Dan Keenan

“How do I thank you for my life? Without you men and your good captain, I wouldn’t be here. Not in this hotel, not in this country. And maybe not even on this earth.”


Father Riley looks on as Genevieve Keenan holds her new son in 1953. Keenan collection

Top left: Sailors aboard the Point Cruz made Keenan an honorary crew member: Infant Boy, First Class. Keenan collection

Top middle: Sister Philomena earned a reputation as a genuine saint and a feisty caretaker. Keenan met her again when he was 7: “She hugged me and I’m sure told Dad what a big boy I was now. Sister was a truly altruistic person whose daily life was simply devoted to God and helping those in need.” Keenan collection

Top right: Sailors aboard the Point Cruz built a makeshift nursery. They made diapers from sheets and a carriage from a bomb cart. Keenan collection

Bottom left: Keenan with John T. Hayward, the Skipper, in 1953. Hayward authorized Keenan’s stay on ship, declaring, “In an emergency, regulations are to be intelligently disregarded.” A former batboy for the New York Yankees, Hayward retired from the U.S. Navy as a decorated aviator and a vice admiral after 45 years. Keenan collection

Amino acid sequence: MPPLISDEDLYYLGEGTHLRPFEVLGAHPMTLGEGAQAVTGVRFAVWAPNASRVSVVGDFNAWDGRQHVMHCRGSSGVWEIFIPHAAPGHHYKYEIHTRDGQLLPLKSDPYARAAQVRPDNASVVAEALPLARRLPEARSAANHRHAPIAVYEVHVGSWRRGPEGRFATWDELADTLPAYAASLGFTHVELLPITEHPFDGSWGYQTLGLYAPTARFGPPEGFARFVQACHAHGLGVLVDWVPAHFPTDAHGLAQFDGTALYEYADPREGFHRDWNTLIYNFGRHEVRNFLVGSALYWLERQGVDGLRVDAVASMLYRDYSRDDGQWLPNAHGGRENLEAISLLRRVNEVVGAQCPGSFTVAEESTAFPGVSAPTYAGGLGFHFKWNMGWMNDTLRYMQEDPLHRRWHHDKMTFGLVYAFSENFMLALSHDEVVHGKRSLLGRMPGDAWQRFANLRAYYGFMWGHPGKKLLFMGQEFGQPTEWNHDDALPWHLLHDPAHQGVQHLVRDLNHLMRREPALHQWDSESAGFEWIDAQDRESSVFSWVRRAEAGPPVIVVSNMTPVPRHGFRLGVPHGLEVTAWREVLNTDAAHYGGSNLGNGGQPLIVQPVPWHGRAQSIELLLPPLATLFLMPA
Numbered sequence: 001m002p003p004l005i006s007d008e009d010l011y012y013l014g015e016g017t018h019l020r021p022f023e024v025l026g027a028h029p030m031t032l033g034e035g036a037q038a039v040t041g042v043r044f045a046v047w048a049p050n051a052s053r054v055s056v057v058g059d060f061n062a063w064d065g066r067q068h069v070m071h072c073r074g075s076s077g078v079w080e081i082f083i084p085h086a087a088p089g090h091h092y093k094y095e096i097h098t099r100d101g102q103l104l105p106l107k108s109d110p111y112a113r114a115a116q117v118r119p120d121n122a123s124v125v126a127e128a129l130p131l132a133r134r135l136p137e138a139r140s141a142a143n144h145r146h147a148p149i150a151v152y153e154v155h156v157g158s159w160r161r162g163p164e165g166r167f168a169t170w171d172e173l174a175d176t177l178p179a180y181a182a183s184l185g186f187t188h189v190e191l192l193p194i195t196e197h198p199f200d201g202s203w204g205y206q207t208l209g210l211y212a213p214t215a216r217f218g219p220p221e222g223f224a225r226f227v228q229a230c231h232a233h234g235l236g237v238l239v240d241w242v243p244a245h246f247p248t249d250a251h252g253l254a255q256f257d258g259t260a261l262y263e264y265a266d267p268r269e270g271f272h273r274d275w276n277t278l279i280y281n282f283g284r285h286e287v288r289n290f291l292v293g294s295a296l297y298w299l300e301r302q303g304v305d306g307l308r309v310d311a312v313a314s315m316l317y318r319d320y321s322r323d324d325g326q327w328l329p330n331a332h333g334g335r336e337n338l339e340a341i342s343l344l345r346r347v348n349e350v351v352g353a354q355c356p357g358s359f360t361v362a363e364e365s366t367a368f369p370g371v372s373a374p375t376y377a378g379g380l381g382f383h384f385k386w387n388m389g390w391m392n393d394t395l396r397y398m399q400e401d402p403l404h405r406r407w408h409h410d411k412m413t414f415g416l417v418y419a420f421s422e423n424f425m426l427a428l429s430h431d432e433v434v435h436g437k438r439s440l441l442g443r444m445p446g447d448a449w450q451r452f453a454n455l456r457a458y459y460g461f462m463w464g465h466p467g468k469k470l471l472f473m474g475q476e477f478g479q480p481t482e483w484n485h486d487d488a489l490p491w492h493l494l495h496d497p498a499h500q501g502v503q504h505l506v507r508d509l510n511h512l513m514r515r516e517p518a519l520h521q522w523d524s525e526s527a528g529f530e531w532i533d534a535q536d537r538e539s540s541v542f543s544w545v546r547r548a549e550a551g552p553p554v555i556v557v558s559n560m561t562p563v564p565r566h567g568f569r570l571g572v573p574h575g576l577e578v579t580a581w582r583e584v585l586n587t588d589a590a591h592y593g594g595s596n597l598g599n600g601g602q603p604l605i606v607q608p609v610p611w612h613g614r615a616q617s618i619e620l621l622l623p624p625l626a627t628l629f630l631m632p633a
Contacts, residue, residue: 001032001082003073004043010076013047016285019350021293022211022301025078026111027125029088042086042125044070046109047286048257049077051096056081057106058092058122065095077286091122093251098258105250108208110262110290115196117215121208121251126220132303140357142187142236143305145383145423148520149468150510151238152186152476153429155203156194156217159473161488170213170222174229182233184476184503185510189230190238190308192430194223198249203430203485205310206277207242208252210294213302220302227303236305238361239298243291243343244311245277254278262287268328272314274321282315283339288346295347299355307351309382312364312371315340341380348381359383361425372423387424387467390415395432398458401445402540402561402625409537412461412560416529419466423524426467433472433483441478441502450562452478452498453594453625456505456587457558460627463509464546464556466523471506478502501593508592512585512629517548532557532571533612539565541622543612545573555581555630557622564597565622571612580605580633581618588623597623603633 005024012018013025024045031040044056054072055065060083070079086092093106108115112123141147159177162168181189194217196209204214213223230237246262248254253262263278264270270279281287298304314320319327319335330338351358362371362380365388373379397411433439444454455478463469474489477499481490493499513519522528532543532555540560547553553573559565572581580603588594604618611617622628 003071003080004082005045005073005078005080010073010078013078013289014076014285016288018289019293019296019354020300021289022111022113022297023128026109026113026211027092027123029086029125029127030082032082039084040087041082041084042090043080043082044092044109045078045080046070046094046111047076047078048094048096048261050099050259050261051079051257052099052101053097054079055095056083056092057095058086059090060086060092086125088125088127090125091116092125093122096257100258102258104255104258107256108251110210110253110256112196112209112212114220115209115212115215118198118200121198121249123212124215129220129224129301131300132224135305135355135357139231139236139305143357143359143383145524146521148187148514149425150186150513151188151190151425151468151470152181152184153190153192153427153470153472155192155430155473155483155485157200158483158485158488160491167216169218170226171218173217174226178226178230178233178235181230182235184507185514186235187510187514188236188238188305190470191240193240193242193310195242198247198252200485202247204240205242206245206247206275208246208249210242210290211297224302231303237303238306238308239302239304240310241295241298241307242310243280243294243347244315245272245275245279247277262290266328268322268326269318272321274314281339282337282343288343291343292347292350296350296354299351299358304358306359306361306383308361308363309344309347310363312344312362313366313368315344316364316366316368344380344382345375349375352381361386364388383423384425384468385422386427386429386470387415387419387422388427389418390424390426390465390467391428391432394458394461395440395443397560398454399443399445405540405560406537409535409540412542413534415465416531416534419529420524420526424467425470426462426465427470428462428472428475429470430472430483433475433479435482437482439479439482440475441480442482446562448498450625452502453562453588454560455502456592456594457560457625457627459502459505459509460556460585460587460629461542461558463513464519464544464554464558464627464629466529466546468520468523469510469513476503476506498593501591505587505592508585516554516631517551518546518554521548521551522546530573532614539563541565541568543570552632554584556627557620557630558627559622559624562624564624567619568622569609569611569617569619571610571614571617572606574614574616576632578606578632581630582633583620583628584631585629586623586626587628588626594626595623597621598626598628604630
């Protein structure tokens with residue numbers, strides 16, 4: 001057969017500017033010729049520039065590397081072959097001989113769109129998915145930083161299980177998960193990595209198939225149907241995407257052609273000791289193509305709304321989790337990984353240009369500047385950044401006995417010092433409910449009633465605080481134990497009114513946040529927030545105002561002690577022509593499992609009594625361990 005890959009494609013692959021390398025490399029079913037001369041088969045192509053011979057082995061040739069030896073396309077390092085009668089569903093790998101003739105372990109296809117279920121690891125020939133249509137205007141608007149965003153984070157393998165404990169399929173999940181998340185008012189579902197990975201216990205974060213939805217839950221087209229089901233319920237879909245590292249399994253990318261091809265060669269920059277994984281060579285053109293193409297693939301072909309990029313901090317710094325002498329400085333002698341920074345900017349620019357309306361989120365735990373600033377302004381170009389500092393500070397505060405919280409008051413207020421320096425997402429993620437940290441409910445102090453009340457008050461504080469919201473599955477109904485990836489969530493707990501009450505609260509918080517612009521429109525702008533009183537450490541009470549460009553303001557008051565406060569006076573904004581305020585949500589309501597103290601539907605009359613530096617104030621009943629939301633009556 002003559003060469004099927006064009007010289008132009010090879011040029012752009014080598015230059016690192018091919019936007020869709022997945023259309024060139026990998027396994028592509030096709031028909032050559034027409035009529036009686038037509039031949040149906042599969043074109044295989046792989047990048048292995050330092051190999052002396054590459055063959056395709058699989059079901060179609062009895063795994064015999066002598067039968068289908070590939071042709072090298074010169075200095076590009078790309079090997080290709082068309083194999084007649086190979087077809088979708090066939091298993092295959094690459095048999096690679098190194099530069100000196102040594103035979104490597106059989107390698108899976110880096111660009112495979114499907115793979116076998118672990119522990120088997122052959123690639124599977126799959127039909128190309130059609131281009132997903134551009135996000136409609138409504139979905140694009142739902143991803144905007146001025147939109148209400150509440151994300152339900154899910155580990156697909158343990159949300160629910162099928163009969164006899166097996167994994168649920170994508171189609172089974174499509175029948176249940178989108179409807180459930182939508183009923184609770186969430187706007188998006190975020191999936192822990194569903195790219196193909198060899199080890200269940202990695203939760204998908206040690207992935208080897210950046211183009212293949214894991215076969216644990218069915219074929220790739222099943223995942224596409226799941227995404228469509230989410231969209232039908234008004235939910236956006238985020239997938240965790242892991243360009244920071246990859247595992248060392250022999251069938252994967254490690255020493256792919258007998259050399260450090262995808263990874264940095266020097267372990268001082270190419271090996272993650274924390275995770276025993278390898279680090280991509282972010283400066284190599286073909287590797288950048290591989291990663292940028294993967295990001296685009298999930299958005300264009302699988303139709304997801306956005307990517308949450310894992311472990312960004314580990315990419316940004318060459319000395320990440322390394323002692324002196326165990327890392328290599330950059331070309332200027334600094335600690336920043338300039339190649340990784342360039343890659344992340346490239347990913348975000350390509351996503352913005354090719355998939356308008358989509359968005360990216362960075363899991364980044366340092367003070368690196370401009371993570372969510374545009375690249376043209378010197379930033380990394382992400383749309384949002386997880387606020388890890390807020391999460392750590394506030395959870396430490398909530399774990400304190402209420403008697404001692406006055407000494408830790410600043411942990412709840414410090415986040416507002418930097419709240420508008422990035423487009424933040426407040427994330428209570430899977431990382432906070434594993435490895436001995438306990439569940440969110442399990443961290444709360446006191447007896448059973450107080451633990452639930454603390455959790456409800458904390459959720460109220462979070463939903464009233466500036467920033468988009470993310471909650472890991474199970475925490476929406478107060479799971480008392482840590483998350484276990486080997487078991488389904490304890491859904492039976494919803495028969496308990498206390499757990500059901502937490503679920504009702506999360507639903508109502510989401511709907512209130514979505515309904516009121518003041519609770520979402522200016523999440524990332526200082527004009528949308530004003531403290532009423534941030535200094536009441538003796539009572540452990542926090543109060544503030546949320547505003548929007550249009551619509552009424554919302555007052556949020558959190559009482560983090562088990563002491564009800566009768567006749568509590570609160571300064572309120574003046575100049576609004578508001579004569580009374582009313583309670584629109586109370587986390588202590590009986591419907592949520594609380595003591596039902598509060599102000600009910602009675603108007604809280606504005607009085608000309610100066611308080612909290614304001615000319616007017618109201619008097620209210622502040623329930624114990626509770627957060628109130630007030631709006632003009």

Bottom right: Keenan with his sisters, Marny and Coleen, and his parents, Hugh and Genevieve. Lt. Hugh Keenan, a Navy surgeon, was the doctor aboard the U.S.S. Consolation. He first met his son on downtime in Korea, at the Star of the Sea Children’s Home in Inchon. Holding Danny for the first time, the elder Keenan said he “fell in love with the baby and decided to adopt.” Keenan collection

“Man, there’s a baby out there!” a Navy corpsman exclaimed one night in 1953, near the port city of Inchon. He’d spotted an emaciated infant wrapped in swaddling rags on the doorstep of a military infirmary.

The nun in charge of a nearby orphanage took one glance at his blue eyes and knew Dan Keenan would never survive: “He’s an American and he’s very sick,” she told the chaplain of an aircraft carrier docked at Inchon Harbor.

The skipper of the USS Point Cruz soon broke regulations to bring Keenan on board. The presence of “Baby-san” lifted the spirits of a thousand beleaguered sailors who helped nurse the baby back to health.

The nun, Sister Philomena, persuaded the ship’s chaplain to help find the baby a home in America. Just before Christmas, Genevieve Keenan of Spokane welcomed a new son—the child dubbed the Navy’s baby.

Nearly 65 years later, Keenan says he owes his life to the nun who knew a mixed-race child would be shunned in Korea; the skipper who gambled with his career; the priest who secured his passport and escorted him to the states; and his adoptive parents who gave him a life in Washington.